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Bundeswehr Cross of Honour for Valour
Ehrenkreuz der Bundeswehr für Tapferkeit
Ehrenkreuz Bundeswehr Tapferkeit 1.jpg
The Bundeswehr Cross of Honour for Valour
Awarded by Bundeswehr
Country Germany
Type Military decoration
Awarded for "An act of gallantry in the face of exceptional danger to life and limb whilst demonstrating staying power and serenity in order to fulfill the military mission in an ethically sound way."[1]
Status Currently awarded
Established 13 August 2008[1]
First awarded 6 July 2009[2]
Ehrenkreuz der Bundeswehr für Tapferkeit - Ribbon.png
Ribbon bar of the decoration

The Bundeswehr Cross of Honour for Valour (German language: Ehrenkreuz der Bundeswehr für Tapferkeit) is the highest military decoration of the Bundeswehr. It is the highest class of the Bundeswehr Cross of Honour. The decoration is the first combat valour award presented by Germany since World War II.[2]


Since World War II, Germany has seen its military as a defensive force, but during the 1990s Germany began playing a bigger role with its military within the European Union. After the September 11 attacks on the United States, Germany joined ISAF in Afghanistan and has continued to deploy Bundeswehr troops to areas under combat conditions.

In 2007, the Petitions Committee of the Bundestag made a recommendation to create a decoration to recognize military personnel for valour.[1] In 2008, Ernst-Reinhard Beck, the president of the German Reservists Association, suggested the reestablishment of the Iron Cross. From its establishment by the Kingdom of Prussia in 1813 until 1945, the Iron Cross had recognized valour by German soldiers. However, the historical connotations assigned to the Iron Cross from World War II provoked criticism from some groups.[2] Federal Defence Minister Franz Josef Jung proposed a new level of the Bundeswehr Cross of Honour to recognize bravery and valour in combat on 13 August 2008. The President of Germany Horst Köhler granted authorization for this valour decoration on 18 September 2008. On 10 October 2008, the directive creating the Bundeswehr Cross of Honour for Valour became law upon being published in the Federal Law Gazette and the Federal Gazette.[1]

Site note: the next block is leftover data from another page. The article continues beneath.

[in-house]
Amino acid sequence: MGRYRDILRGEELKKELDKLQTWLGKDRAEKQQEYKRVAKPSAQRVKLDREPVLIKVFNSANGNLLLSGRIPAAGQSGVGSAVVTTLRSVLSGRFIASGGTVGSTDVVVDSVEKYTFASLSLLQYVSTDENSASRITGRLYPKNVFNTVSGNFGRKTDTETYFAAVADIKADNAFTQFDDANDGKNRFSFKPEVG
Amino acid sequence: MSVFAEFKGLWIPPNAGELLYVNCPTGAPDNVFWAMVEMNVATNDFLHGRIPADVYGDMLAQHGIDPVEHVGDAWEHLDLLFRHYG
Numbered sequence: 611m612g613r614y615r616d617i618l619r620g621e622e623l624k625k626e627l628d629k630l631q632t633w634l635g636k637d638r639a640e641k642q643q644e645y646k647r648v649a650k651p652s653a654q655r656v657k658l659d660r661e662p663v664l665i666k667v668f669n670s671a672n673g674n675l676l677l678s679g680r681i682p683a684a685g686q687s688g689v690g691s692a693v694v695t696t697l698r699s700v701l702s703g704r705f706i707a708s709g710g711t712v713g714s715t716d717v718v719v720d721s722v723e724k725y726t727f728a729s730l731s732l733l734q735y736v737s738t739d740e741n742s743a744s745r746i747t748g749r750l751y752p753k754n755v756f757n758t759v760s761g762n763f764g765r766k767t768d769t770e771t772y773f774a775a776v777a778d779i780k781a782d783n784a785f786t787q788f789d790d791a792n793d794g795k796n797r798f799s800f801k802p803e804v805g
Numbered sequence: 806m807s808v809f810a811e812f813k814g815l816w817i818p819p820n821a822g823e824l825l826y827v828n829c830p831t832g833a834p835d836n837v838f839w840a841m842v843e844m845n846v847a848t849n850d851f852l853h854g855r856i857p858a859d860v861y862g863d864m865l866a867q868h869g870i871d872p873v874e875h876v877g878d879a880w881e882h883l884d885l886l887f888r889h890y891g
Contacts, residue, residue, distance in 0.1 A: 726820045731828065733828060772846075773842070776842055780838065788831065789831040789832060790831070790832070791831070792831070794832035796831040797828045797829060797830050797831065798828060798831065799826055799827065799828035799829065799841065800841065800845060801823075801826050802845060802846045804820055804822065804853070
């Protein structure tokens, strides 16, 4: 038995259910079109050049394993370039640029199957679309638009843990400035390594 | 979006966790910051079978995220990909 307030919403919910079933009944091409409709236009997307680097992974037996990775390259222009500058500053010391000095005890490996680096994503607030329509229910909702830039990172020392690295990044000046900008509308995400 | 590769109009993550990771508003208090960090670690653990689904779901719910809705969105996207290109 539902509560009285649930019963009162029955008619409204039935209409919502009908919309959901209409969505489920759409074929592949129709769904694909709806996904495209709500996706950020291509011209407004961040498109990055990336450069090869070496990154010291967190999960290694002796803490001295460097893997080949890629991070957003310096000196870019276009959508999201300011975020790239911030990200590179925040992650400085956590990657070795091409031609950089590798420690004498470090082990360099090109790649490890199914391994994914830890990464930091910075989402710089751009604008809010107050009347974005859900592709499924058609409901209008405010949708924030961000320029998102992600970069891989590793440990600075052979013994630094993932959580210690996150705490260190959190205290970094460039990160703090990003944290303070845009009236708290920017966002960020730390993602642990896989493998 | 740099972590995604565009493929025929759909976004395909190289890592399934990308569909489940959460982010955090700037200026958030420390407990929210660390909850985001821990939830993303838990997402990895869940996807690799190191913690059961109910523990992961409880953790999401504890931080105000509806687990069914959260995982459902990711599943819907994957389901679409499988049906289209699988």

The first recipients of the Cross of Honour for Valour were four soldiers caught up in a suicide attack by Taliban forces on 20 October 2008 southwest of Kunduz, Afghanistan. Two German soldiers were wounded and two were killed in the attack. Five Afghan children died, while one was injured. Disregarding the fact that their armored vehicle was on fire and munitions were exploding around them, these four soldiers rushed to the scene to try to help the wounded without regard for their own safety.[2]


Members of the German Armed forces are statutorily, under Section 7 of the Legal Status of Military Personnel Act, required to be brave. Members swear to "bravely defend the rights and freedom of the German people." For this reason any conduct recognized by the Cross of Honour for Valour must be of an exceptionally brave nature. Recommendations must describe in great detail how this bravery is above that which is required and how it was "necessary to overcome fear and perform an act of gallantry in the face of exceptional danger to life and limb whilst demonstrating staying power and serenity in order to fulfill the military mission in an ethically sound way."[1]


Date of award Name Age Rank when awarded Unit at ceremony Operation Reason awarded Source
6 July 2009 Jan Berges 29 Hauptfeldwebel (HptFw) 1. / Fallschirmjägerbataillon 263 ISAF On 20 October 2008, about five kilometers southwest of Kunduz, Afghanistan their comrades and Afghan civilians who were victims of a suicide attack. In spite of burning vehicles and exploding ammunition these soldiers rushed to aid the victims of the attack.